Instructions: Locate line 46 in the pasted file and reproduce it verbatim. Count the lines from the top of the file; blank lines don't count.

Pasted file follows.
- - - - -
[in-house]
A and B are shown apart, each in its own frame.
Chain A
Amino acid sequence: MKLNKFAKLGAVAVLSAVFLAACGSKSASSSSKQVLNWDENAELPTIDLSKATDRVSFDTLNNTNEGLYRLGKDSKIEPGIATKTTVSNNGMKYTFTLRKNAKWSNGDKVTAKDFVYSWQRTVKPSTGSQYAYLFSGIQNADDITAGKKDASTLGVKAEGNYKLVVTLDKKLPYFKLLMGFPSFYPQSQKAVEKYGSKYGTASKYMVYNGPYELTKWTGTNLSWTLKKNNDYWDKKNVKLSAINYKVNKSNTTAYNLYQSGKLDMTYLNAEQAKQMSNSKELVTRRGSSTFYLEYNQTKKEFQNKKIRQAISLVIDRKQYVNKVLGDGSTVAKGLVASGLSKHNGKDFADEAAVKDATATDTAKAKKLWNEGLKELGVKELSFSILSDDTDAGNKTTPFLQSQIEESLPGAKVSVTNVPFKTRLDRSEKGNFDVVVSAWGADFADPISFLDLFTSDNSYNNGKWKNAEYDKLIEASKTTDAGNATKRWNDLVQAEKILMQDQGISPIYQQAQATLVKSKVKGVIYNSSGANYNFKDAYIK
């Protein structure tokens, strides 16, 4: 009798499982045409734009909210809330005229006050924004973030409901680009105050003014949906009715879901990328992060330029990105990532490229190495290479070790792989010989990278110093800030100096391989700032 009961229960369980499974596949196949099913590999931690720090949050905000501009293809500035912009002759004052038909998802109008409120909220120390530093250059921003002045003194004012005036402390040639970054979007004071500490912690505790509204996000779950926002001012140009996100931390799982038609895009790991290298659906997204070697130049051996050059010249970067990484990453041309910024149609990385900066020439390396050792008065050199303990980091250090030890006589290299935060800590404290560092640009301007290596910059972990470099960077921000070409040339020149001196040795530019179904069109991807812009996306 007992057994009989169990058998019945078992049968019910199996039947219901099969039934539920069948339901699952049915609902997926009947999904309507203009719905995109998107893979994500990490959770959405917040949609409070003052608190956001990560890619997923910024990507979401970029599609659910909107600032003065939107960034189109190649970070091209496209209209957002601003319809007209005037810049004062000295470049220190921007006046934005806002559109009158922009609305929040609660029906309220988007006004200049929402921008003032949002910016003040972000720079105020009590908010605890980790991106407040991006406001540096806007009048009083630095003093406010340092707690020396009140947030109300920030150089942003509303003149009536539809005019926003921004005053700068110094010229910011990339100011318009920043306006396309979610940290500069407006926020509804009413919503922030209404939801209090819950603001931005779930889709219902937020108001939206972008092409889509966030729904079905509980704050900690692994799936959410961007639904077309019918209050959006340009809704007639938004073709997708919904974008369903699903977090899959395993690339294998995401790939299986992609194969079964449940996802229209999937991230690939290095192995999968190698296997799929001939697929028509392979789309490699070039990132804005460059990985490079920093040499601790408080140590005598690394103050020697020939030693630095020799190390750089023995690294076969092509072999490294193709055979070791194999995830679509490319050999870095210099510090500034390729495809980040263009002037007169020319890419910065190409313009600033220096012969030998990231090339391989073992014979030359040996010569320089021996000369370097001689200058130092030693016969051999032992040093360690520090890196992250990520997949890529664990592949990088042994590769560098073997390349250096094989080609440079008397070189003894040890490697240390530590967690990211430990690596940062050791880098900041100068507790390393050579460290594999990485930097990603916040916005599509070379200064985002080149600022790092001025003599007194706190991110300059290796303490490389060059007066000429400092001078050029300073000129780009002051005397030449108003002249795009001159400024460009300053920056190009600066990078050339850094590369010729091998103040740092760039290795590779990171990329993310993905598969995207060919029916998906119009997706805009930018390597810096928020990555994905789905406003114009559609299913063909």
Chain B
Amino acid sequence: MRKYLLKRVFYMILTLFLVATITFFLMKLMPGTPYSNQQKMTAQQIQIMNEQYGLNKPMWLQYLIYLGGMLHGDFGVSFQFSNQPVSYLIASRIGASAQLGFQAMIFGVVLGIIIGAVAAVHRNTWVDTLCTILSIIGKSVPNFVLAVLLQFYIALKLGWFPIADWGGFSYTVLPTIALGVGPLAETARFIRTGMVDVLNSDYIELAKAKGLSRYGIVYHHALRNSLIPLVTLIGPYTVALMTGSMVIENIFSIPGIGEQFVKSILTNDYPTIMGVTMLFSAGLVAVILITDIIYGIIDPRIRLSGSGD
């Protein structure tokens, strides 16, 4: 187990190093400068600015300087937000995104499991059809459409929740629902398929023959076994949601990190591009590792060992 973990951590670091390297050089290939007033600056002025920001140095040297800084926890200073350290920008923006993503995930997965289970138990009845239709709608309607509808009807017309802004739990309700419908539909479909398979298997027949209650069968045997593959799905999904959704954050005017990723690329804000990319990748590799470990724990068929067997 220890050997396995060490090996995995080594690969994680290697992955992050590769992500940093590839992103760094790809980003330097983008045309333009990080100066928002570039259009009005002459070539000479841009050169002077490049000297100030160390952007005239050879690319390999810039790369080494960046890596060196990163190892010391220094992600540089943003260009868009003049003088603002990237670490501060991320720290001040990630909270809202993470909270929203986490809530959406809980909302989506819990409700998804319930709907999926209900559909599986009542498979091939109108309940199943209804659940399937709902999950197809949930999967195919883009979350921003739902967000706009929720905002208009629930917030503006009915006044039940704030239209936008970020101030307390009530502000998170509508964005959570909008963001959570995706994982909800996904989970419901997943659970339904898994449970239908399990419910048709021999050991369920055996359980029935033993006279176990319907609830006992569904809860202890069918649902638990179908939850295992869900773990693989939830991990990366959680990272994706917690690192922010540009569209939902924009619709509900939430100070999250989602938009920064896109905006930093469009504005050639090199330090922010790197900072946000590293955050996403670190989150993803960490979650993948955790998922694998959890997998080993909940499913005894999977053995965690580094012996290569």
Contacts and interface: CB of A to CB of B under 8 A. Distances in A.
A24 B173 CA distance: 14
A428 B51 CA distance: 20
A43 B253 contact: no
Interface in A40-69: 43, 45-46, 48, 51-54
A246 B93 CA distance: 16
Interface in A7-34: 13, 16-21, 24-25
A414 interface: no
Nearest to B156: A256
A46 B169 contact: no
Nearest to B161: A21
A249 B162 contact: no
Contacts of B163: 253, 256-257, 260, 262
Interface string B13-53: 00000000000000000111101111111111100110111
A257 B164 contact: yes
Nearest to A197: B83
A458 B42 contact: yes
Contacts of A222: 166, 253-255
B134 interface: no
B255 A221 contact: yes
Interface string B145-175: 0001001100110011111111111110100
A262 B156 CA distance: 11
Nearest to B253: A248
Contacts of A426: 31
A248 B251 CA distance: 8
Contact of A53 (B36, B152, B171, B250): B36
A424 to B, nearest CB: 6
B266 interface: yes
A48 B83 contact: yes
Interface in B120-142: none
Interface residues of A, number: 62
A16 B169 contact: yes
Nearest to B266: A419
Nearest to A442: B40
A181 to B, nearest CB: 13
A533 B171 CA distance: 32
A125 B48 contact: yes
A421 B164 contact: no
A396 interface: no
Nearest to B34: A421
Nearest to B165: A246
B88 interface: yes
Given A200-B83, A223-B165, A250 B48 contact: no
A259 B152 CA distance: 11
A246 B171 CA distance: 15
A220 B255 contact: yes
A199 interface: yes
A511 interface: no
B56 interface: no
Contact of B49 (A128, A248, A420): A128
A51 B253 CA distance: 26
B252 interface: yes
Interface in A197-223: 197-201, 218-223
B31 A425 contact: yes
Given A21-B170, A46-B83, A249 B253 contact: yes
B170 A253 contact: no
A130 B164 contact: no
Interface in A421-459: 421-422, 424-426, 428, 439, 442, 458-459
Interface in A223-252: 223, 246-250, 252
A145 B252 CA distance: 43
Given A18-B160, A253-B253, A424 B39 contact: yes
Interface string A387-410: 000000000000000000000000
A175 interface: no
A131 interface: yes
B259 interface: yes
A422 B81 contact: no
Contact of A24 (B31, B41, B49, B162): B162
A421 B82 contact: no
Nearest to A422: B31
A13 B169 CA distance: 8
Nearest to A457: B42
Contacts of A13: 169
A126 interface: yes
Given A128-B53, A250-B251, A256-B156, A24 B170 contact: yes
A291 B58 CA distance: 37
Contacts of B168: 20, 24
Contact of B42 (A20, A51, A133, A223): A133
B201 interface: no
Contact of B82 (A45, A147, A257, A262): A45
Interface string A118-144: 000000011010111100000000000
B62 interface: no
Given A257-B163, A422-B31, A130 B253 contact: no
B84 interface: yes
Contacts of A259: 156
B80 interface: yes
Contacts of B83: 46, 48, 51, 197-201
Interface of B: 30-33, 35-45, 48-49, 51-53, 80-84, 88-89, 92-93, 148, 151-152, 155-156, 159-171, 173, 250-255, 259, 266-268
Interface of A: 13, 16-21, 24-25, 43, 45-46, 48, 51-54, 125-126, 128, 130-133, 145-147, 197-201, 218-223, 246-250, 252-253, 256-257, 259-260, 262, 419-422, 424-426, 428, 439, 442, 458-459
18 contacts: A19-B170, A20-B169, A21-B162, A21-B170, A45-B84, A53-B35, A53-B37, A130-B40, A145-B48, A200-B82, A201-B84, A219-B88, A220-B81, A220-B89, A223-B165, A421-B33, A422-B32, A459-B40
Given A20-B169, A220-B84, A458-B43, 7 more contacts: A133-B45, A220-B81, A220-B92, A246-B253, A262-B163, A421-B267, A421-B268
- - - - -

A421 B164 contact: no